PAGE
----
Saturday, February 03, 2007

Pass It On

I was blog hopping tonight and ended up reading a post that reminded me of something that happened a long time ago.

My mom owned and ran a hardware store. One day a young man came in looking quite forlorn. She asked him what was wrong and he told her that a hose on his car had broken, draining the anti-freeze. He was on his way to a job interview in a city about 100 miles away and didn't have the money to pay for car repairs because he had been out of work for some time.

Mom had the necessary hose and antifreeze on hand and together they managed to fix the car. When the young man asked how much he owed her she told him there was no charge and handed him enough money for gas, food and lodging for the next several days.

It was quite a bit of money and he didn't want to take it, but finally did. He asked for the address so he could repay her and mom told him to pass it on by doing something nice for someone else some day.

Many, many years later my dad broke down on the road during a raging blizzard. Although the highway was virtually deserted, a man stopped and offered to help. When the two men determined that they couldn't fix the car, he gave my dad a ride in to the next large town to call for help.

While they were driving, the man told my dad that he always stopped to help stranded travelers because of a woman who had helped him when he was young, asking only that he pass it on.

21 comments:

butterfly girl said...

I have heard stories like this before and you gotta think that they are being made up. (I'm not calling you a liar!) It's just soooo weird it's unbelievable. Let this be a lesson that what goes around really does come around!!!! Great story.

Mary said...

THAT is almost incredible. Wow. I believe you, though. This gave me the shivers.

Laurie said...

Butterfly, Montana isn't a very heavily populated state. Even now there are fewer than 1,000,000 inhabitants and back then there were probably only 800,000 or so.

The man that my mom helped told my dad that he had gotten the job he was interviewing for and had worked his way up to area salesman. The job required travel throughout the area where mom and dad lived. So it isn't quite as strange as it sounds.

Mary, to me it's just nice to know that a simple act of kindness was remembered and passed on. I'd like to think that maybe a few of the people that he helped, also helped others.

Reverend Sumangali Tania Pink said...

Wow! That is amazing. Its the kind of story that makes you realise that what you do, the little things, make a difference.

That man didn't pay it forward once. It changed his whole approach to motorists in need.

Thanks for the happy tidings!
xx
pinks

Ginnie said...

I love that philosophy and try to put it into use whenever possible.

Laurie said...

Pink, my mom did a lot of things like that. She was a great lady.

Ginnie, that doesn't surprise me at all!

Within Without said...

Wow...do you think it really could be him? Or definitely IS him?

Talk about paying it forward...and forward...and forward...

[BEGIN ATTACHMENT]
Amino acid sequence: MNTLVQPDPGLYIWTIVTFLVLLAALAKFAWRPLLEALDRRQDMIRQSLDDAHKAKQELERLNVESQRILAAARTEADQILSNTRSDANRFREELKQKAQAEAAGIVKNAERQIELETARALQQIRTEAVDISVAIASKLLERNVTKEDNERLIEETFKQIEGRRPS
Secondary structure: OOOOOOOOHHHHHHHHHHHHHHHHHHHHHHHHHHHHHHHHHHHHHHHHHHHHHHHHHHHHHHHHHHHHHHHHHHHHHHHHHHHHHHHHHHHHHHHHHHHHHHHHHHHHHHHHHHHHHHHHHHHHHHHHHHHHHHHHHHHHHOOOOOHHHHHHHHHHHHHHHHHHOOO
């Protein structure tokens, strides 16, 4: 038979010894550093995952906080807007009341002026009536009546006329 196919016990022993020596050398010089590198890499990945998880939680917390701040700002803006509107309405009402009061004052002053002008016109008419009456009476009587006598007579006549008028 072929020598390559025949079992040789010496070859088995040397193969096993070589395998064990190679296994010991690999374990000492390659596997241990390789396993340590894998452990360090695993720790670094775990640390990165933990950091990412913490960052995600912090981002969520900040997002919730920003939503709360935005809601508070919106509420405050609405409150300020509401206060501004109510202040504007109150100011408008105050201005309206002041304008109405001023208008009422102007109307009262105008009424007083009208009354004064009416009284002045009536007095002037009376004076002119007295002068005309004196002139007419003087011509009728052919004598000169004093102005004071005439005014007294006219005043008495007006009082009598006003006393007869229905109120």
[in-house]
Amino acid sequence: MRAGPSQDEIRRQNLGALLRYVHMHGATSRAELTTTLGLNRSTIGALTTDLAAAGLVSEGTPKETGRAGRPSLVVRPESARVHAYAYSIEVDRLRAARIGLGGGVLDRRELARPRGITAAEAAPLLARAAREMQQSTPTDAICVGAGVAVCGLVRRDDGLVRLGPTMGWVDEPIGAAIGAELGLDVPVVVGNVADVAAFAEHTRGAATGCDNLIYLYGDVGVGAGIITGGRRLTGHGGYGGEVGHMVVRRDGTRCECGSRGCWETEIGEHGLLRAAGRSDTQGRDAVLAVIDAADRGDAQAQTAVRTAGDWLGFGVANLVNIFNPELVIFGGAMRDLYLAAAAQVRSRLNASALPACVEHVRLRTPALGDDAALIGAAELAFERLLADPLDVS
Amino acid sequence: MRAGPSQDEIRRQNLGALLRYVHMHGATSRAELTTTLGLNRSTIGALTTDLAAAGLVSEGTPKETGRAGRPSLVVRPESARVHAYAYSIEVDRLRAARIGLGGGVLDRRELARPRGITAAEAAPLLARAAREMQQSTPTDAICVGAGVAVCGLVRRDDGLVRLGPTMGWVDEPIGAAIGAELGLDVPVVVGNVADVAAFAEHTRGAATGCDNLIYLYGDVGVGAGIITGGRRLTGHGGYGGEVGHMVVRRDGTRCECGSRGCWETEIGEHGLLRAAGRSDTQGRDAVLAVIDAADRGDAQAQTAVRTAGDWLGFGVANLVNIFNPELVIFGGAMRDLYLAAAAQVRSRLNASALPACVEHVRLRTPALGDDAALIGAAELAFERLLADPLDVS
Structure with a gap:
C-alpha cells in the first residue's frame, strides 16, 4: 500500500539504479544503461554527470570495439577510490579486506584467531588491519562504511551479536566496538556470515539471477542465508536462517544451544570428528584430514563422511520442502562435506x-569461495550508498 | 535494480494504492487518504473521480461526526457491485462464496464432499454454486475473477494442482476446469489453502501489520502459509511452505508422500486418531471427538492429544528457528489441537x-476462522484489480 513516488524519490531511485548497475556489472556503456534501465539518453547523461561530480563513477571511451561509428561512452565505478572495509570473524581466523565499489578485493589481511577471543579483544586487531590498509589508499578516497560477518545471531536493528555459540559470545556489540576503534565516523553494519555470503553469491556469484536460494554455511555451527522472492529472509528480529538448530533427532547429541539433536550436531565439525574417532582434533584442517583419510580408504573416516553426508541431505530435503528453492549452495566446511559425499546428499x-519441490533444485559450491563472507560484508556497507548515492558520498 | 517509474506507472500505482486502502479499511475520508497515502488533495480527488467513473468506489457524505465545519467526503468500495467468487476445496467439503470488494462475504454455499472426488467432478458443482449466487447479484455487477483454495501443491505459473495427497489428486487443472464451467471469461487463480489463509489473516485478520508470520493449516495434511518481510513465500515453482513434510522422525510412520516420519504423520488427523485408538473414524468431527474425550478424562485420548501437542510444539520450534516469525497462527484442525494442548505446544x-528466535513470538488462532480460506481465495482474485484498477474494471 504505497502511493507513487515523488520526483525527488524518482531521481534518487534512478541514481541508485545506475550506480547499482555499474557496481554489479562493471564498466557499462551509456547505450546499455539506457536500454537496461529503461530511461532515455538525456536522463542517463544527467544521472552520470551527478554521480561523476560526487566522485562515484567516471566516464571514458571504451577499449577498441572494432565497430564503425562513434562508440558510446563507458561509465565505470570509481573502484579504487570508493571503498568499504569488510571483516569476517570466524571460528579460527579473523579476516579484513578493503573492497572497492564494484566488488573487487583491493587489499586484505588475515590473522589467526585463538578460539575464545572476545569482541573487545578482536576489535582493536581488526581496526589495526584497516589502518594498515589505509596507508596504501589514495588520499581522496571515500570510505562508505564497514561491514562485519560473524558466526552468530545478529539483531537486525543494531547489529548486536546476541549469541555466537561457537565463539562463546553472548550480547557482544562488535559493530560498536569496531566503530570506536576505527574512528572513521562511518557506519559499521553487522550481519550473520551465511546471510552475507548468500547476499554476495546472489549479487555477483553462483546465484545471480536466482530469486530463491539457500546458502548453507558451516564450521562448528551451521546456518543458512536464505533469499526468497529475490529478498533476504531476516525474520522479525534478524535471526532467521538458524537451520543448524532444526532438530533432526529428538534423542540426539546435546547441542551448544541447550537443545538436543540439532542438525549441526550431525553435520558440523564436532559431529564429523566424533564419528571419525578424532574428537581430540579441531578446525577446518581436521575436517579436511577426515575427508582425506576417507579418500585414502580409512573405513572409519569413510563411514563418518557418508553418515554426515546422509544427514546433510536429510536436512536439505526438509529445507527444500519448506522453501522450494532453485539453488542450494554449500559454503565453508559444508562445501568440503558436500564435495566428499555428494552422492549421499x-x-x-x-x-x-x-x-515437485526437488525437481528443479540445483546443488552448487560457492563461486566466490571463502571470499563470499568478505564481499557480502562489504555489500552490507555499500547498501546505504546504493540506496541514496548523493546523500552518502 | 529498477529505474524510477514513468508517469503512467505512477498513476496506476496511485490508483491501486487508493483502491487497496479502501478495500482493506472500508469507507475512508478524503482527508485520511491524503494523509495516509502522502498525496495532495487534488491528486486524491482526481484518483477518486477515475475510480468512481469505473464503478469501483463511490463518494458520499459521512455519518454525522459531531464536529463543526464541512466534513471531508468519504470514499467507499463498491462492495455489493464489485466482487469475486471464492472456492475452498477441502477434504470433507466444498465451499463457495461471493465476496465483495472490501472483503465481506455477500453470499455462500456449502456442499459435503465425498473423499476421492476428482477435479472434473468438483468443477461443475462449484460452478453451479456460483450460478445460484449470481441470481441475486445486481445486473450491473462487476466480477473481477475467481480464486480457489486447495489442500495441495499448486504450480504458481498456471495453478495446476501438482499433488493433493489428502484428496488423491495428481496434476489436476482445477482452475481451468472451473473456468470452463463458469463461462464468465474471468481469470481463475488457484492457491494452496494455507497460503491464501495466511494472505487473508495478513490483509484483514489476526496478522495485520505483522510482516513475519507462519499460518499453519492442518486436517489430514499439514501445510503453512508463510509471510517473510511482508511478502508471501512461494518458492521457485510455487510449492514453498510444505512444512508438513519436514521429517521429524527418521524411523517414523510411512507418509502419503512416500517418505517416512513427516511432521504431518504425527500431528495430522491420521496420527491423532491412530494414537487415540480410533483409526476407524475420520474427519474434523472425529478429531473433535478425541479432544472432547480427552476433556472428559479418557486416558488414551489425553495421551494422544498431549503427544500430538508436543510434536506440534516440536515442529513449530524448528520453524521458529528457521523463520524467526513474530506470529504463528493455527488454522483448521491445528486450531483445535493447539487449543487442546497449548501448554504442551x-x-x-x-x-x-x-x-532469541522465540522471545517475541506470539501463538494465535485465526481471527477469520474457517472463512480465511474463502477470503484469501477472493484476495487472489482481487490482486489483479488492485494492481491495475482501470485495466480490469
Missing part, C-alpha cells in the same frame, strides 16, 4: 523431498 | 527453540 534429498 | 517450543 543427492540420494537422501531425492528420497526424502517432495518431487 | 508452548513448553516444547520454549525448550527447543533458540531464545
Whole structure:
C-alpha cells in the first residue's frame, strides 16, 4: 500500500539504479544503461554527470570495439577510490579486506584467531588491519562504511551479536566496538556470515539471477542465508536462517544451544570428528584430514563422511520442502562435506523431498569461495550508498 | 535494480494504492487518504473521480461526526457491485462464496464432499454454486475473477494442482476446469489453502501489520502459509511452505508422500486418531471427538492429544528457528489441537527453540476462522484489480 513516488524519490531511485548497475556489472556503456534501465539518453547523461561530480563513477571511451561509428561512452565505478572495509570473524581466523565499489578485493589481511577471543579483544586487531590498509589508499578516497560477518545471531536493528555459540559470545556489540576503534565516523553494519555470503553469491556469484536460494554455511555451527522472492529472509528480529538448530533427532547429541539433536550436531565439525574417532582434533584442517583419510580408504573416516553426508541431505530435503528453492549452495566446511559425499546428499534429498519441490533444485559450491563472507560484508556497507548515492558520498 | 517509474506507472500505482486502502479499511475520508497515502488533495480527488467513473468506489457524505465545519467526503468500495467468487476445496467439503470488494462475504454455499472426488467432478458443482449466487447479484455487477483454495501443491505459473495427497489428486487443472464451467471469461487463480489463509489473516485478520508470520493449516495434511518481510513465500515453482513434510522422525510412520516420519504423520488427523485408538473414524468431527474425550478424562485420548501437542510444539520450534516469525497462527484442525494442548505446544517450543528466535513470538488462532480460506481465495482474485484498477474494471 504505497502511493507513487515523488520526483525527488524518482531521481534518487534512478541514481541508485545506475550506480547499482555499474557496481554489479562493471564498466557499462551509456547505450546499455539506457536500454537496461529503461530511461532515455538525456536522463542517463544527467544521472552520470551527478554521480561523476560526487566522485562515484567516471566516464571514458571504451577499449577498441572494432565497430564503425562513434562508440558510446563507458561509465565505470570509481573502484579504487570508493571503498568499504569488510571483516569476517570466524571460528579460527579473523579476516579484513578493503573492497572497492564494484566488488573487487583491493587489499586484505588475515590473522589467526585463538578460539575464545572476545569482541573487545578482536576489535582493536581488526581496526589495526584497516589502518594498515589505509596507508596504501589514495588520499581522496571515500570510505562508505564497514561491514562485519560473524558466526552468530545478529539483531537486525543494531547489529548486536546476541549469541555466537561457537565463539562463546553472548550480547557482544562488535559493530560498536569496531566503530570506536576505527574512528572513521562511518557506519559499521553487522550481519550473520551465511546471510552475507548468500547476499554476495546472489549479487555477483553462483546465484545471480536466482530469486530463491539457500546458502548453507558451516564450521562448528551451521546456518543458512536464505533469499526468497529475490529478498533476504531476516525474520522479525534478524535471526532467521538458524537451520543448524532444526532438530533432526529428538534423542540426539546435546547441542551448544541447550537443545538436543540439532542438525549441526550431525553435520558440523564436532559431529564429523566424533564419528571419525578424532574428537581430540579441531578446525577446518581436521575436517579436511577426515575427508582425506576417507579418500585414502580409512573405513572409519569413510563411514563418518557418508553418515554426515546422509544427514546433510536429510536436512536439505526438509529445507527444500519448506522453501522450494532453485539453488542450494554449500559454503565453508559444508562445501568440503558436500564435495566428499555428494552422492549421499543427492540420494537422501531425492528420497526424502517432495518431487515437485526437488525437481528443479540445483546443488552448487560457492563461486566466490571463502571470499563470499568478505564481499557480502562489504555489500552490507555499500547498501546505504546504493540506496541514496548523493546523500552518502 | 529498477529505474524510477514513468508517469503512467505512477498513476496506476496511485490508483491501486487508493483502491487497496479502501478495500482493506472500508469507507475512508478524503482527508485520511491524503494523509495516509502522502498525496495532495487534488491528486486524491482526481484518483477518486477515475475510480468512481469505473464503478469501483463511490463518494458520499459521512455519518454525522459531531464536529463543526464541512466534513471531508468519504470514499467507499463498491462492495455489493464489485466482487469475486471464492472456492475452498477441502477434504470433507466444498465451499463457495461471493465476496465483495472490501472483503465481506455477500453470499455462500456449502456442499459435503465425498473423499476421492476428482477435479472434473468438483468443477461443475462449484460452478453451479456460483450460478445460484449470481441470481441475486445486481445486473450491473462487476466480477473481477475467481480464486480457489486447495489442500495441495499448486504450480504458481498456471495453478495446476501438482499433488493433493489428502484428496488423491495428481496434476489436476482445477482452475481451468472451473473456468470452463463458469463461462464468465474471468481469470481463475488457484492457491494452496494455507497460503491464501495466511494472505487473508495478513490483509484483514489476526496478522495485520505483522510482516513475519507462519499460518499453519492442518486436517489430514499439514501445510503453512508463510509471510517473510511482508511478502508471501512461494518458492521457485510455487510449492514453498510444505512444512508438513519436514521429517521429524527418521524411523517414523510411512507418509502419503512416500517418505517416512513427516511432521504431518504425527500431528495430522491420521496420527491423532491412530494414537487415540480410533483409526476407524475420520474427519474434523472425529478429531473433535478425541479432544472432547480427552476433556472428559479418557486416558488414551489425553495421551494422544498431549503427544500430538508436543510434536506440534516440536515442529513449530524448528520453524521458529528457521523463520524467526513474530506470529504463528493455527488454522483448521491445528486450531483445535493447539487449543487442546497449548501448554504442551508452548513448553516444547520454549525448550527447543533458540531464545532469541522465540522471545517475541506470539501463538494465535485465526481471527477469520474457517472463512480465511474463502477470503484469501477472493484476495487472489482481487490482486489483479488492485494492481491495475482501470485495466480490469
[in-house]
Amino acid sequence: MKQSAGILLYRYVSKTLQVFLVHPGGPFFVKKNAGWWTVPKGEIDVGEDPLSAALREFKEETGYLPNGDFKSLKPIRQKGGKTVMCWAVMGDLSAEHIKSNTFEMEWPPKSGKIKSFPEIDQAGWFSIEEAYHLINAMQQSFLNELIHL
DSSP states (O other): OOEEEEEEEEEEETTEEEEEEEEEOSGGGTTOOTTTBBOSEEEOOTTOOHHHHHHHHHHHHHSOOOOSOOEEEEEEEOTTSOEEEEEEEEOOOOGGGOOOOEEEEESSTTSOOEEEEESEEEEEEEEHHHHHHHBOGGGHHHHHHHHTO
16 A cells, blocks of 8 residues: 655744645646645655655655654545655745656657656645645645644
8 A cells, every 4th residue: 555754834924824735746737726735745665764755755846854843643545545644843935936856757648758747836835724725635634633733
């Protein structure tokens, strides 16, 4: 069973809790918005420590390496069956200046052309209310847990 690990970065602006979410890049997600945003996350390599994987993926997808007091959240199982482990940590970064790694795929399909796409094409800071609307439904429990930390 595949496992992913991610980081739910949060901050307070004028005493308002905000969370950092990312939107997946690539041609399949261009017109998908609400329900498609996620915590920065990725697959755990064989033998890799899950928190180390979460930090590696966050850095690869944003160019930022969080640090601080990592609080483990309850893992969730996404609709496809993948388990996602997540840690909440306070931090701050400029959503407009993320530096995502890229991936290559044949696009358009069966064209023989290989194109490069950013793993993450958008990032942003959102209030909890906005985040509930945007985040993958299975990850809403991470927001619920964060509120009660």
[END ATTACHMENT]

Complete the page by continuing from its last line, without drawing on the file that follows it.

Laurie said...

WW, it was definitely him. During the drive, he described what happened in great detail to my dad. He even remembered my mom's (unusual) name.

He said that her kindness had turned his life completely around and that he would never forget what she had done for him. I know it sounds unbelievable, but that is what happened. :)

Sometimes Saintly Nick said...

That's a wonderful story that illustrates the power of kindness and our comic connectedness. For years, each time I have given someone something and they have said that they are unable to repay me, I simply say, "Pass it on to someone in need when you are able."

Ginnie said...

Laurie: What I meant on my blog about Grandpa's 1938 car was that yours sounds interesting and I thought YOU should write a blog about it.

Laurie said...

Nick, that is a great way to be and it does not surprise me at all that you do that kind of thing.

Ginnie, I'll try to do that in the near future.

MsLittlePea said...

wow! That's beautiful

Potato Print said...

Hi dmmgmfm,

I love the story. Your mom sounds like a special person. It's rare to close the circle of kindness like that. How wonderful.

I had a kind of similar experience when my dad passed. At his memorial service, people got up and told so many stories about his generosity. These were stories that my dad had never shared with us.

Laurie said...

Mspea, you are right, mom was really special. She did so much for so many without asking for anything in return.

Potatoprint, your dad sounds like a wonderful, humble man.

Anvilcloud said...

I have to think highly of both your mother and the guy. He learned something valuable that that. Some wouldn't.

jen said...

goosebumps. i love stories like this, when it all comes full circle.

Laurie said...

AC, I agree, the man could have taken the money and forgotten all about it, but he didn't. Instead he chose to pass it on, repeatedly. It says a lot about him, doesn't it?

Jen, thanks for stopping by. I hope M is feeling much better.

Pam said...

I love this story, makes you wonder. It brings to mind the movie "Pay it Forward" based on the same premise.

Laurie said...

Pam, it sure does. That movie made me cry...just thinking about it does.

Dave said...

What a great story. It emphasises that the universe gives back to us what it gets. Your mother was very instrumental in providing for all of us, through you, this lesson. How many times do these type of things happen in our lives and we do not notice them. Kindness and love for another human being is what we are here for this is yet another example of what happens when we exercise the kindness option
Thank You,

Cuppa said...

Gave me goosebumps.